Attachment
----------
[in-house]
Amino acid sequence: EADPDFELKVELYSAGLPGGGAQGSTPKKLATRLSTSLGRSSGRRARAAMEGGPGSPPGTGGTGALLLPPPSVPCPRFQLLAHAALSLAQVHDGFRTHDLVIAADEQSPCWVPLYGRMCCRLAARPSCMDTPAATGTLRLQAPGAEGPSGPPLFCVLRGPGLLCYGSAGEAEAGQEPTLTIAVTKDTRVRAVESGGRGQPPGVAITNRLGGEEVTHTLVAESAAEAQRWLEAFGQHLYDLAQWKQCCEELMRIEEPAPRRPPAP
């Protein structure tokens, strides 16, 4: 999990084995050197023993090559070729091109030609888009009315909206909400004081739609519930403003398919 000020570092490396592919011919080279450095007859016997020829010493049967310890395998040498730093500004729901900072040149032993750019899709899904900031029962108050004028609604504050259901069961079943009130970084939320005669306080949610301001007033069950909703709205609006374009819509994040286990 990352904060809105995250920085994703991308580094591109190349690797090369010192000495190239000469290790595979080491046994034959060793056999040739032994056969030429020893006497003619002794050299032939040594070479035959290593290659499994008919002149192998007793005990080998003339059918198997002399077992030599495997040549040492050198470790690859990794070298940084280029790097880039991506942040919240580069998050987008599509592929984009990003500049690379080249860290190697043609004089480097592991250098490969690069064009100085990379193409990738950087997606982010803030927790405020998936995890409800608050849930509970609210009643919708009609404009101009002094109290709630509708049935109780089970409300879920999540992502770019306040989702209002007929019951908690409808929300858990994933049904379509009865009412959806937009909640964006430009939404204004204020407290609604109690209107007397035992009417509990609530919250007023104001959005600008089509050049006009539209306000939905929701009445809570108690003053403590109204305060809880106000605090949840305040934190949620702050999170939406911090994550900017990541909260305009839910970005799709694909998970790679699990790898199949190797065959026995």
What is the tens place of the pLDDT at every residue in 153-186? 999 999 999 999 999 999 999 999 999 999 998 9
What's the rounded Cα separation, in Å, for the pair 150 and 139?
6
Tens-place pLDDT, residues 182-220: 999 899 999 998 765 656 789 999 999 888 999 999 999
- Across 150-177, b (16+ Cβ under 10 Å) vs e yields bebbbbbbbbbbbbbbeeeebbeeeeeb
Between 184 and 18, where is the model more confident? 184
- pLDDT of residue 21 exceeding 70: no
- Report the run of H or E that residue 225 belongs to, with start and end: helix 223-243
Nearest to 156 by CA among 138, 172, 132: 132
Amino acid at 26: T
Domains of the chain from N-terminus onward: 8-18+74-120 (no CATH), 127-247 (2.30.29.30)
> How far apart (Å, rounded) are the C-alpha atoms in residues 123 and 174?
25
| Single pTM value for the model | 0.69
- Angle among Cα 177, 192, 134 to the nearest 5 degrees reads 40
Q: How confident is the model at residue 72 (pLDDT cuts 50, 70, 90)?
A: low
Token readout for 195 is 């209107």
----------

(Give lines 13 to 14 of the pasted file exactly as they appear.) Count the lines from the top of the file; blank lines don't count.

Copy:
Amino acid at 26: T
Domains of the chain from N-terminus onward: 8-18+74-120 (no CATH), 127-247 (2.30.29.30)